It’s hard to imagine leaving home forever, but in many respects, you’re simply moving to a new home under extreme and threatening conditions. If you’re reading this, it may be in the back of your mind that it could happen, and it may be worth taking time to make some basic plans:
- What could happen to cause you to make such a serious decision?
- Where would you go?
- Who would accompany you?
- Who should you inform and not inform of your departure and destination?
- What preliminary steps would you have to take immediately, from consolidating and collecting investments and cash on hand to figuring out how to keep in touch with any companies, financial institutions, or other organizations that you depend on?
- Where would you forward your mail and yes, the mail might continue to go through. At least that was the idea in the movie The Postman.
- What other decisions or notifications would you implement if you were simply moving to a new home or apartment? An INCH scenario is a radically different approach to relocating, but it may be presumptuous to think that everything in the world is falling apart just because things are so bad in your part of the world.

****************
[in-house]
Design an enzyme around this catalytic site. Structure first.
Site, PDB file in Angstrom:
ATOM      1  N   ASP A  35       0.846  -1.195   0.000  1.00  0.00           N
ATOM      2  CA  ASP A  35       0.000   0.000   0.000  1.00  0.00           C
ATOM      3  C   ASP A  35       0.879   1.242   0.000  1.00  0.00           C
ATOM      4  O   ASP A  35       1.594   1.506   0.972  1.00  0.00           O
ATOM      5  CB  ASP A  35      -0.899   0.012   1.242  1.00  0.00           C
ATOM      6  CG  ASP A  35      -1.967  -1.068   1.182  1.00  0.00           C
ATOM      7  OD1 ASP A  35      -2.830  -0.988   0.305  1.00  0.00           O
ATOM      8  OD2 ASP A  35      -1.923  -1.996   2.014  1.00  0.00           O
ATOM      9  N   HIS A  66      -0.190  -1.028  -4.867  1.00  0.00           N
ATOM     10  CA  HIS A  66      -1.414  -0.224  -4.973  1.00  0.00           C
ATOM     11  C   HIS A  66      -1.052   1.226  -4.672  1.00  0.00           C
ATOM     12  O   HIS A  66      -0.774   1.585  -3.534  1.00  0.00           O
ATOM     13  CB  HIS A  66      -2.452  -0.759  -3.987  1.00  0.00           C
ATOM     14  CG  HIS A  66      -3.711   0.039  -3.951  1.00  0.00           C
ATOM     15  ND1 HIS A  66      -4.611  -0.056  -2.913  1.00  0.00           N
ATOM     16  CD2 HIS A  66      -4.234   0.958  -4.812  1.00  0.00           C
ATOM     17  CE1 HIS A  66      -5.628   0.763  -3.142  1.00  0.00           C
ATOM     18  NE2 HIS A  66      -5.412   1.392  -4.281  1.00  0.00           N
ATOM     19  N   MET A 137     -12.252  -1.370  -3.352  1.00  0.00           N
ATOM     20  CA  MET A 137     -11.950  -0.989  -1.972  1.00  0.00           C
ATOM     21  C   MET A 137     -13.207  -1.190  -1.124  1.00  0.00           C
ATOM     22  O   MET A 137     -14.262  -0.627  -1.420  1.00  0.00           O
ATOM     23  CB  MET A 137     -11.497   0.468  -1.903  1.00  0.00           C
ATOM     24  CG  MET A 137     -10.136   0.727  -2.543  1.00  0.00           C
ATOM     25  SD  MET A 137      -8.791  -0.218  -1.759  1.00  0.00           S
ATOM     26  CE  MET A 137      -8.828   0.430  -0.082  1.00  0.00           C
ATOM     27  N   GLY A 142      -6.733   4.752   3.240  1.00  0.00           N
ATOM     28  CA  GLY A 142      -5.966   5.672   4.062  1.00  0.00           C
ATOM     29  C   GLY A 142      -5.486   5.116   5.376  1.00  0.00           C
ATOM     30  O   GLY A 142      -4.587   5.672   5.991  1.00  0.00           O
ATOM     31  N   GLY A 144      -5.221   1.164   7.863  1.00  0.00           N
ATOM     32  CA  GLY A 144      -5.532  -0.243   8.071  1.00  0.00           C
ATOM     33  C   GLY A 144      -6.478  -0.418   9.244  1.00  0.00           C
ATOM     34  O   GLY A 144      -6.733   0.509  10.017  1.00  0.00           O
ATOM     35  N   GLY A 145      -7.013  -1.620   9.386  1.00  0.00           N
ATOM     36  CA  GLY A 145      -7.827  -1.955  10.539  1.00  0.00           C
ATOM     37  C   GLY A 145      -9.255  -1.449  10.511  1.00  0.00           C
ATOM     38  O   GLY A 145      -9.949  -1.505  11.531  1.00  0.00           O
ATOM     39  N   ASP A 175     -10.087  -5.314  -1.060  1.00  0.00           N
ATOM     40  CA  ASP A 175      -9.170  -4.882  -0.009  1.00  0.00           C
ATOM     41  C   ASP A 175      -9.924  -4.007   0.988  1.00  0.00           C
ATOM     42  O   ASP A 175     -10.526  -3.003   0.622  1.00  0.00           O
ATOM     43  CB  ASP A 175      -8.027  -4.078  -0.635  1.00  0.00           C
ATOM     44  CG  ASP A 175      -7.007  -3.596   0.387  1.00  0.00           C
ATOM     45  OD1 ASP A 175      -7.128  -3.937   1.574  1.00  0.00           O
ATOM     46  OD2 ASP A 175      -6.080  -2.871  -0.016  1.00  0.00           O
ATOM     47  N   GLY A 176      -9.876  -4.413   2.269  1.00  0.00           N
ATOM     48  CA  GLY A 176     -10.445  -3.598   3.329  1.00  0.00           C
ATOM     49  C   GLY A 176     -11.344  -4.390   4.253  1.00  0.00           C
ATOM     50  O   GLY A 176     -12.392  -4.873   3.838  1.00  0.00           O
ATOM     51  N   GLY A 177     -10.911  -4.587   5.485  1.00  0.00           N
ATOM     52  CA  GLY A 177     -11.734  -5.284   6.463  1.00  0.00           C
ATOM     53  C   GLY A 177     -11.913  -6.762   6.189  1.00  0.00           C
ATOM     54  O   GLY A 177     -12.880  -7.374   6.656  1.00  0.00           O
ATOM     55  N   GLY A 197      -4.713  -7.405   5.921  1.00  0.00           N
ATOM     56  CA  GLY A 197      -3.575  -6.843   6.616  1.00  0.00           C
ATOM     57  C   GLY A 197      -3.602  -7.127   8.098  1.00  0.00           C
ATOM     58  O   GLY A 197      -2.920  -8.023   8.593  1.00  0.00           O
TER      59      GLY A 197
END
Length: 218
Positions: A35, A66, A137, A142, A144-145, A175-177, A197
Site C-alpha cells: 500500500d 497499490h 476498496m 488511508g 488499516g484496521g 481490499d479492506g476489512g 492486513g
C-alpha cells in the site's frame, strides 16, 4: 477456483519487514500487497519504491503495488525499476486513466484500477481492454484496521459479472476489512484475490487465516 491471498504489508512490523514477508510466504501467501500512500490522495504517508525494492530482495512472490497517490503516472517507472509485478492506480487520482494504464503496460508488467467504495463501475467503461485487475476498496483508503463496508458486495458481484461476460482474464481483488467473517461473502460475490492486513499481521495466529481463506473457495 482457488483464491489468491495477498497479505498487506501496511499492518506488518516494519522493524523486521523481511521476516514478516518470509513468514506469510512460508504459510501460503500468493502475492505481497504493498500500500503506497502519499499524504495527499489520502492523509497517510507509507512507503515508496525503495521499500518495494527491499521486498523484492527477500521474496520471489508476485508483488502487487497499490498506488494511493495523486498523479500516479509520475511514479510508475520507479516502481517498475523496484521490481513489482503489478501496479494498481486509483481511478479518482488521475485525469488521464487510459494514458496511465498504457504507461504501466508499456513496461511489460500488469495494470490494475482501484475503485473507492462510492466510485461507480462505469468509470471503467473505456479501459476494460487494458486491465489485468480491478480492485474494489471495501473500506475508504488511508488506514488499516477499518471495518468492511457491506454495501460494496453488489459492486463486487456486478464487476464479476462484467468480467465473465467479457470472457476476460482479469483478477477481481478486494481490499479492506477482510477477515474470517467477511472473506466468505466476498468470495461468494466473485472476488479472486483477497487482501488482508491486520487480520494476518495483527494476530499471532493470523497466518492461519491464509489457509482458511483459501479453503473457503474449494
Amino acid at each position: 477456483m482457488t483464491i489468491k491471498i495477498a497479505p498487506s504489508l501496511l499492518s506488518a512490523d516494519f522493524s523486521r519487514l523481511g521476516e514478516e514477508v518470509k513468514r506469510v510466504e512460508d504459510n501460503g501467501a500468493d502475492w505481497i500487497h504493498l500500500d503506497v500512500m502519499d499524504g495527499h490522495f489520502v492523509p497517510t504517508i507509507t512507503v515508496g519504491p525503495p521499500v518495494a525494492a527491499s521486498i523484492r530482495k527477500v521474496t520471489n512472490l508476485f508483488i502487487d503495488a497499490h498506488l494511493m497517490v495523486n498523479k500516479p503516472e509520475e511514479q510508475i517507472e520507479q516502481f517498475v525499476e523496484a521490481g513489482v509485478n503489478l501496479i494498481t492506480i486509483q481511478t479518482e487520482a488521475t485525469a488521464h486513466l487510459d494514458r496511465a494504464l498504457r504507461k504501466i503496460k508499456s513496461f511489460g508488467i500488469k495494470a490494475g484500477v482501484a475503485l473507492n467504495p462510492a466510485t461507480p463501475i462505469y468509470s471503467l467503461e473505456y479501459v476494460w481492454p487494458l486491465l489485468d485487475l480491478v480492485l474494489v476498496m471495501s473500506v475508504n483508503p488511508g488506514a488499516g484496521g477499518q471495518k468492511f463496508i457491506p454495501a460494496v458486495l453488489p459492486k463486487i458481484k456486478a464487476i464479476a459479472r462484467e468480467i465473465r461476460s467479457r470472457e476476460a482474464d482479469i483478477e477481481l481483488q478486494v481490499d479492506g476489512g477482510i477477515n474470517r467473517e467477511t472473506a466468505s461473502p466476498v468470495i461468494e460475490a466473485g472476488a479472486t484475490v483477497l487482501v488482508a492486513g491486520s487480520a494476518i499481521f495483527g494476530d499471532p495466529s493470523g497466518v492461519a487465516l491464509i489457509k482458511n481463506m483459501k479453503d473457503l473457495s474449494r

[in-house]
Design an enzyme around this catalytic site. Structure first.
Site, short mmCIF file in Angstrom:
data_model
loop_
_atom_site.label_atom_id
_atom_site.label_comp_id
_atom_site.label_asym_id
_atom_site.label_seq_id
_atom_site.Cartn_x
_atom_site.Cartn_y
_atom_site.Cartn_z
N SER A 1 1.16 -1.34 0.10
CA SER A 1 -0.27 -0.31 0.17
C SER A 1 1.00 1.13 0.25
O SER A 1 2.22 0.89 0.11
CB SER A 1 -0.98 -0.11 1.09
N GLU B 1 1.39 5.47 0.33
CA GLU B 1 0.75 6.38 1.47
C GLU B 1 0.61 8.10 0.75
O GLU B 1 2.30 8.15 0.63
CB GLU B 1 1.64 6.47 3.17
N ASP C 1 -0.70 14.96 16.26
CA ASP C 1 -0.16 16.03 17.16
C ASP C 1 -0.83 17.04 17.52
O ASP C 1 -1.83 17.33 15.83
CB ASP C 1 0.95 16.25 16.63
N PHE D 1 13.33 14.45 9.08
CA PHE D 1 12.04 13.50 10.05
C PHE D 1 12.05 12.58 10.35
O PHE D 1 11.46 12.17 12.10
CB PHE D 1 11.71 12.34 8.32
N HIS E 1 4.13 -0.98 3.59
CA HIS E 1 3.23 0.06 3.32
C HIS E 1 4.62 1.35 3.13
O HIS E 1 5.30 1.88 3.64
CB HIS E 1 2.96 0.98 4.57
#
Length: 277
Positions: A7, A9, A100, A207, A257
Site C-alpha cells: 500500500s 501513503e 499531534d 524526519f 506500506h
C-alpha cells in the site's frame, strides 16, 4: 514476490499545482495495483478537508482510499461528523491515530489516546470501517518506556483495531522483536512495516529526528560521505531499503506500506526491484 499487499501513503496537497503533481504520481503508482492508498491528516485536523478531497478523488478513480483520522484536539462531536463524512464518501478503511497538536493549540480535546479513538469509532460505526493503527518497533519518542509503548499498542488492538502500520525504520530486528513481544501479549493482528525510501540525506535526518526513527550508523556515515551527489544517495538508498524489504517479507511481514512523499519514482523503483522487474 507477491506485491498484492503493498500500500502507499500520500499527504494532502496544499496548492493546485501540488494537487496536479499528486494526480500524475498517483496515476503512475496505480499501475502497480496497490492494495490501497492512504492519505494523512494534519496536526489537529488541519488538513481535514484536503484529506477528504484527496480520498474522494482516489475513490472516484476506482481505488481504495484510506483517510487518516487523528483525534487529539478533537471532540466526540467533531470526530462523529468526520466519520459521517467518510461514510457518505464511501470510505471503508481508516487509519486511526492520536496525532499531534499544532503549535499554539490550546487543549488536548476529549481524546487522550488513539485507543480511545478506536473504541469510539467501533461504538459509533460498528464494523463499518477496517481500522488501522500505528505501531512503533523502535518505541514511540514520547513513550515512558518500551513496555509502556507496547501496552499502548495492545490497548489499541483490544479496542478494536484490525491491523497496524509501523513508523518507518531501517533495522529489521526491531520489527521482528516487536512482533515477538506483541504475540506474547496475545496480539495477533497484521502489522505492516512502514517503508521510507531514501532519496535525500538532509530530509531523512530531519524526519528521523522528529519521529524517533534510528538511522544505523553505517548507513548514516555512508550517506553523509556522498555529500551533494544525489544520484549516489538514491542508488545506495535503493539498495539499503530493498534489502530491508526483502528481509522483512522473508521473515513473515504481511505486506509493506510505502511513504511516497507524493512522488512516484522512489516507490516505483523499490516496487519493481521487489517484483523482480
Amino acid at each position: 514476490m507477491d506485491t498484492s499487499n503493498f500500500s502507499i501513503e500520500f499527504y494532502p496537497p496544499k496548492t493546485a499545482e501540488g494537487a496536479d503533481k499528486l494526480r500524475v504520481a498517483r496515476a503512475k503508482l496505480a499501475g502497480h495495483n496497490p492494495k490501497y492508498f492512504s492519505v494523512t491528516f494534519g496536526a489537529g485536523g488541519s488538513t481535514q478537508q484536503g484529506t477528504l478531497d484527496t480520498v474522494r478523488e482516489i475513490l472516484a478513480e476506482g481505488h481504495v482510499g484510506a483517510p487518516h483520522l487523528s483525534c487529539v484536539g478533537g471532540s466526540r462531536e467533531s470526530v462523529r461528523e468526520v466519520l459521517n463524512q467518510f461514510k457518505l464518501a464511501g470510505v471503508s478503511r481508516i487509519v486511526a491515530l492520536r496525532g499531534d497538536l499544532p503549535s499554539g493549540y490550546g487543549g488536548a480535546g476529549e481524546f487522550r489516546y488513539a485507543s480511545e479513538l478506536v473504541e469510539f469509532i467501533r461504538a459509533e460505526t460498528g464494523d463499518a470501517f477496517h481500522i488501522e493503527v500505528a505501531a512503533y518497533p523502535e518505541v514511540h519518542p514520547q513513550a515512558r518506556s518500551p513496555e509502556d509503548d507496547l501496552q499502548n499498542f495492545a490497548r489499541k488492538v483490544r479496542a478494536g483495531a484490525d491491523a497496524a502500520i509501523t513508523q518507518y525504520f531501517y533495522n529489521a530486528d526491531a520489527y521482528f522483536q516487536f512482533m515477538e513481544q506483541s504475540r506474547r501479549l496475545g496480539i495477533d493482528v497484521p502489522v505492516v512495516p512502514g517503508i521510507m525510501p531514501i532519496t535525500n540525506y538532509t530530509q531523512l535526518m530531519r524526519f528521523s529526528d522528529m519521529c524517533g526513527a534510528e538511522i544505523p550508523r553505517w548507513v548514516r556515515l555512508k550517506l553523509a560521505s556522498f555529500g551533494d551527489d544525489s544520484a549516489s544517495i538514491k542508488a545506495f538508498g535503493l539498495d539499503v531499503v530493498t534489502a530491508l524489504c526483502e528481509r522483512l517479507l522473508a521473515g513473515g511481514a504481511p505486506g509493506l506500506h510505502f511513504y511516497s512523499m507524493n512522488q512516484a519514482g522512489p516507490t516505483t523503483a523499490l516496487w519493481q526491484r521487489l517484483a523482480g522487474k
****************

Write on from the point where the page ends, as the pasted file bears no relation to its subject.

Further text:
Long-Term Survival Basics
We’ll cover some lists for items you should put into an INCH kit, but it may be more important to think conceptually so you can adjust items to your current situation and destination. On a fundamental level, here are the things you’ll need to keep going. And here again, all specific items are assuming one person.
It’s probably a good idea to carry a basic shelter that’s camouflaged to your surroundings, has a low profile, and sleeps one comfortably. Remember, you’ll probably want to build a more permanent shelter when you decide to stay at a location.
Never put an emergency blanket over the top of you when sleeping. They are waterproof and capture condensation from perspiration. Put them underneath or use them to wrap around you on a cold day. They can also be used to collect rainwater.
You should have a weapon for defense and you can use that for hunting in a wilderness area. Shooting at squirrels in a city park may be a bad idea. A slingshot might be better. Seeds are small and light. Bring some.
Two concepts to remember: Purification and storage. A LifeStraw is a great idea for on-the-spot purification of water. Water purification tablets are also important, and you should always have a way to boil water for purification and cooking. Storage containers from canteens to camelbacks are the best way to store and transport water.
Think about what you’ll be cooking and how you plan to cook it and eat it. A basic cook kit is obvious but also think about a portable stove in case you have to cook in an urban or suburban environment where an open fire might be a problem, or if you just want to keep a low profile while cooking.